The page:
As a very food allergic person, every day there's a sense of danger where there should be a sense of normalcy.  Please take a moment to think about how a food allergy can affect someone's life this week.  After all, awareness of each others' needs allows for the danger to turn into normalcy one day.

Friday, May 7, 2010

Keep Your Eyes on the Pies

"Anyone can cook!"  Perhaps my favorite line in a Pixar pic, said exuberantly by Chef Gusteau in the brilliant movie, Ratatouille.  Those of you who think "cartoons" are for "children" might want to take a minute and stop strangling your inner child and examine that Ratatouille is a movie that shares the shear joy of cooking with everyone- big, small or rat.  I've cheesily repeated that line to myself while meditating over quite a few experiments in the kitchen.  In fact, I have a stuffed Little Chef in my kitchen to remind me to keep on keeping on, even when allergen free goods seem impossible to compose.

Now I'm no rat, but when I started baking Gluten Free, a lot of weird things started happening.  Huge failings.  Hard as rock rolls.  Cookies and cakes that never cooked all the way through.  I-guess-you-could-call-them-muffins muffins.  I had given up on conventional, traditional baked goods for a time.  I experimented with other baked goods and alternative ways of creating traditional goods.  For example, I abandoned the usual pie crusts, and tried using fudge, cookie dough, GF crumbs, hash browns and mashed cauliflower (for the savory.)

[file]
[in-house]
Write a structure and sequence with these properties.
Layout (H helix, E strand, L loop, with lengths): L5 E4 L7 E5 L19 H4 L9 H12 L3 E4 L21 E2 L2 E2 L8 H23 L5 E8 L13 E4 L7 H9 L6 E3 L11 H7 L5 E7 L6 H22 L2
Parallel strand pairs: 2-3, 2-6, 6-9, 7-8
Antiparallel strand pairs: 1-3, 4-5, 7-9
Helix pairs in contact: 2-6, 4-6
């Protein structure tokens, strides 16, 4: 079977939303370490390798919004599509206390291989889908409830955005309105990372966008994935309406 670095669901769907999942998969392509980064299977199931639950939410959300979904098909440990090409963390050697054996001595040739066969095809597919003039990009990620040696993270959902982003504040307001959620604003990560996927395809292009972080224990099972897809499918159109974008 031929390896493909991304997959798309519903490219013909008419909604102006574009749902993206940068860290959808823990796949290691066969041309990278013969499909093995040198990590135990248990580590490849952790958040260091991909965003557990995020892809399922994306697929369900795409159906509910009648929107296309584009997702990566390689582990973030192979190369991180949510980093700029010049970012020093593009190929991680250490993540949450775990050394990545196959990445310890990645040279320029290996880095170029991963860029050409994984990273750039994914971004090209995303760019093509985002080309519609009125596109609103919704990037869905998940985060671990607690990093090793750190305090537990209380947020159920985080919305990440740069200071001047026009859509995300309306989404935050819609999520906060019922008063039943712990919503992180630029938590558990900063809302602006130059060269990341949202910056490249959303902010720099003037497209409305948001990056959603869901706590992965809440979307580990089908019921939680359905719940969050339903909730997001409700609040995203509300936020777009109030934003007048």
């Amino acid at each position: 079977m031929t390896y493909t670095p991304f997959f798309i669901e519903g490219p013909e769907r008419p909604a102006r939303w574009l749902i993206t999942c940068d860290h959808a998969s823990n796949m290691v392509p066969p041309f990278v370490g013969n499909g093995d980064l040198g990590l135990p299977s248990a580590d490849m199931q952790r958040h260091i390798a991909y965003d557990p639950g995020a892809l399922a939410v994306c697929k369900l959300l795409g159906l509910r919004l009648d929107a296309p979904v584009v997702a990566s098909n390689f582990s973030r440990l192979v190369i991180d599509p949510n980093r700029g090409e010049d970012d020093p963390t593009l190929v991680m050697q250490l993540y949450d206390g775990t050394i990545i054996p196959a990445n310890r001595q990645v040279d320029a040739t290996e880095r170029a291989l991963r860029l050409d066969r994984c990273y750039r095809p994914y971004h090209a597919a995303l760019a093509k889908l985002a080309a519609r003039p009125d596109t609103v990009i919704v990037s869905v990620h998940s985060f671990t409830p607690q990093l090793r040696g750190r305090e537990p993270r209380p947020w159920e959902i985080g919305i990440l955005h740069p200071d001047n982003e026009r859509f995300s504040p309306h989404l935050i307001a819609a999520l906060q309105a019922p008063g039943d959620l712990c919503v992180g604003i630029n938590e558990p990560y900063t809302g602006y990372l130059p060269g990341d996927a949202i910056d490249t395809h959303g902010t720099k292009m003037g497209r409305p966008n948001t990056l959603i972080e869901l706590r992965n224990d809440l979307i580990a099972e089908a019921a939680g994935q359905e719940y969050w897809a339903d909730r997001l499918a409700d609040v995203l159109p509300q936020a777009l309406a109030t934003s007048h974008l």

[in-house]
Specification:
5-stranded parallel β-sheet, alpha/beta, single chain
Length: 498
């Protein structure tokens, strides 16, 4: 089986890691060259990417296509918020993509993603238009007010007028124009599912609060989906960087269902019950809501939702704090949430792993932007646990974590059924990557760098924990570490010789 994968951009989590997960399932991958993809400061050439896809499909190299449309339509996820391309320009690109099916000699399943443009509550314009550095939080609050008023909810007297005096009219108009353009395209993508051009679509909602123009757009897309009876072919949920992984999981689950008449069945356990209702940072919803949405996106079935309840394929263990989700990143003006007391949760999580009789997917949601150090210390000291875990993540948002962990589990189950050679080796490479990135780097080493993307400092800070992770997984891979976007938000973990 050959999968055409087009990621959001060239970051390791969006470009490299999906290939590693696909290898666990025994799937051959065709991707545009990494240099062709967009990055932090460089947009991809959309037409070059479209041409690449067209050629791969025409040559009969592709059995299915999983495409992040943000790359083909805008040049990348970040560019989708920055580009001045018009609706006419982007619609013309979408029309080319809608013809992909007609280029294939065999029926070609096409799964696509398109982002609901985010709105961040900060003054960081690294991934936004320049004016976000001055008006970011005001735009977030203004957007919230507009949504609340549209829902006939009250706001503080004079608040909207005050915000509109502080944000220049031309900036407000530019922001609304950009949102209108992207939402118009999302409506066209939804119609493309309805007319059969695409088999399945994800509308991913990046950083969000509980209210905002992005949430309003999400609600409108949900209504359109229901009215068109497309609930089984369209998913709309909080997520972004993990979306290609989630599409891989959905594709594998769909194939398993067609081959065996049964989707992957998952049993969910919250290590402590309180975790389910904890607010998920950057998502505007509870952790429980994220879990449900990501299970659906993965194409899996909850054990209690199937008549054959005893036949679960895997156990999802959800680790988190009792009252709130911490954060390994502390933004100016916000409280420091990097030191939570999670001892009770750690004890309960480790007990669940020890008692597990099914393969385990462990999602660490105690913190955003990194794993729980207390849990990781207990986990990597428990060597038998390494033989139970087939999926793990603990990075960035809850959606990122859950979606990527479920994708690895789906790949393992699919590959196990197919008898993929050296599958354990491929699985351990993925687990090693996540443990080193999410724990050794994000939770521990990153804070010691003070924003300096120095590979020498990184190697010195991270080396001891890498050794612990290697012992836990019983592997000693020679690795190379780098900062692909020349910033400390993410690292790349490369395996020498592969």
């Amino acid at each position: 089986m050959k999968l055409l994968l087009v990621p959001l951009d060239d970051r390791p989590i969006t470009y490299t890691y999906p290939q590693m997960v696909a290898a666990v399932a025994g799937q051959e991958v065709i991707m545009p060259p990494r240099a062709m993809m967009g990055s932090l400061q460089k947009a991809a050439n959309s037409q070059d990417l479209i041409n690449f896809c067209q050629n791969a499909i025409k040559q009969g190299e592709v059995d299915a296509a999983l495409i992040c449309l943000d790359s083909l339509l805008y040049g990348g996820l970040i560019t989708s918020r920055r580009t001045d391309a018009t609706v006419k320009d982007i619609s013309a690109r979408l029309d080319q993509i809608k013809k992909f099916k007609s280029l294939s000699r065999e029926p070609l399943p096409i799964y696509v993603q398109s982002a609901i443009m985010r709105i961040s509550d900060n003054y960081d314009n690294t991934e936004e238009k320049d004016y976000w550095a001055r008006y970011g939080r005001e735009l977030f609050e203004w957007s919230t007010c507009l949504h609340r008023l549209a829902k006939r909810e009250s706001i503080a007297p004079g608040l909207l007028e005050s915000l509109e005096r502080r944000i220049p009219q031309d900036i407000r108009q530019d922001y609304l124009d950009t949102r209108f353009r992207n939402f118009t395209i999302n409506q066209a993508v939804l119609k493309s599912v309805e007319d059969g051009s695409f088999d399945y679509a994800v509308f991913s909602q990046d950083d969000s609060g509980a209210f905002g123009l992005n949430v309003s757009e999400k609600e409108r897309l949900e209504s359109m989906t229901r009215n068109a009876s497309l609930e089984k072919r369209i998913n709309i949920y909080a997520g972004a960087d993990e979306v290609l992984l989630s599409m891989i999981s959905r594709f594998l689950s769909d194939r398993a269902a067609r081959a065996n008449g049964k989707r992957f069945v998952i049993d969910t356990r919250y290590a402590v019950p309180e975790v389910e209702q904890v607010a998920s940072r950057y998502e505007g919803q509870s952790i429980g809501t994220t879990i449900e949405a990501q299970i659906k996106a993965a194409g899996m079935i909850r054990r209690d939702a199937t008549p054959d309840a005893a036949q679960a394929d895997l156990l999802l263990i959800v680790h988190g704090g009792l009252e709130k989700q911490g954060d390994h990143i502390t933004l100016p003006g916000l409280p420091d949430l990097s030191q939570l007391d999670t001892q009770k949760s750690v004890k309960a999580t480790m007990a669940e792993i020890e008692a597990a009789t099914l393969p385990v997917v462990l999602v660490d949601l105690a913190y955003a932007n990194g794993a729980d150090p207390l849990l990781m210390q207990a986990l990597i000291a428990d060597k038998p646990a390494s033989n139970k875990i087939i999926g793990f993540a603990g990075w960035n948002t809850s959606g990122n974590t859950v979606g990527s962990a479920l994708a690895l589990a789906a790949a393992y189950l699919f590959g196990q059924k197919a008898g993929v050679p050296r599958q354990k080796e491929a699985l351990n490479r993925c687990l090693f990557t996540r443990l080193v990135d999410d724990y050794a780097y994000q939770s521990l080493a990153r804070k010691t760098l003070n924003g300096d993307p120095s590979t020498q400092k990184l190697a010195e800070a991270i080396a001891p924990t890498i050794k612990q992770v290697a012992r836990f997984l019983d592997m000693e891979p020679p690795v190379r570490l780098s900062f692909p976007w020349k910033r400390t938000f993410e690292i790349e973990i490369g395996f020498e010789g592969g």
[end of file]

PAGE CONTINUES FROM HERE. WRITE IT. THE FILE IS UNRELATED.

I secretly missed double crusted pies.  I mean, making pie was one of my favorite things to do pre-GF.  My favorite was fresh apple pie in the fall, and without that regular crust, it just didn't taste the same.  Well one day not too long ago, Shauna of the Gluten Free Girl tweeted about the amazing Jeanne at Four Chickens.  I saw that Jeanne had made a pie crust, and not only did it look beautiful, it looked too easy to make.  It seemed so simple to me that I figured, how can this possibly work?  Well, it worked!  And it worked like a charm.  Jeanne actually has many recipes for all the bready, baked goods I haven't been able to crack yet with no recipe, including choux pastry and pizza crust.  Her blog is amazing and I urge you to go check it out! 

It's time to recognize that many talented bloggers have joined the ranks of Little Chef who inspires me to strive for greatness each time I set foot in my kitchen.  If they can make magic in their GF kitchens, I can certainly make magic in mine.  Remember, anyone can cook.  And anyone means you too.

What's better than making inspiring food?  How about making it for someone who inspires you?  Like on Mother's Day.  This would be the perfect, bright addition to any Mother's Day feast.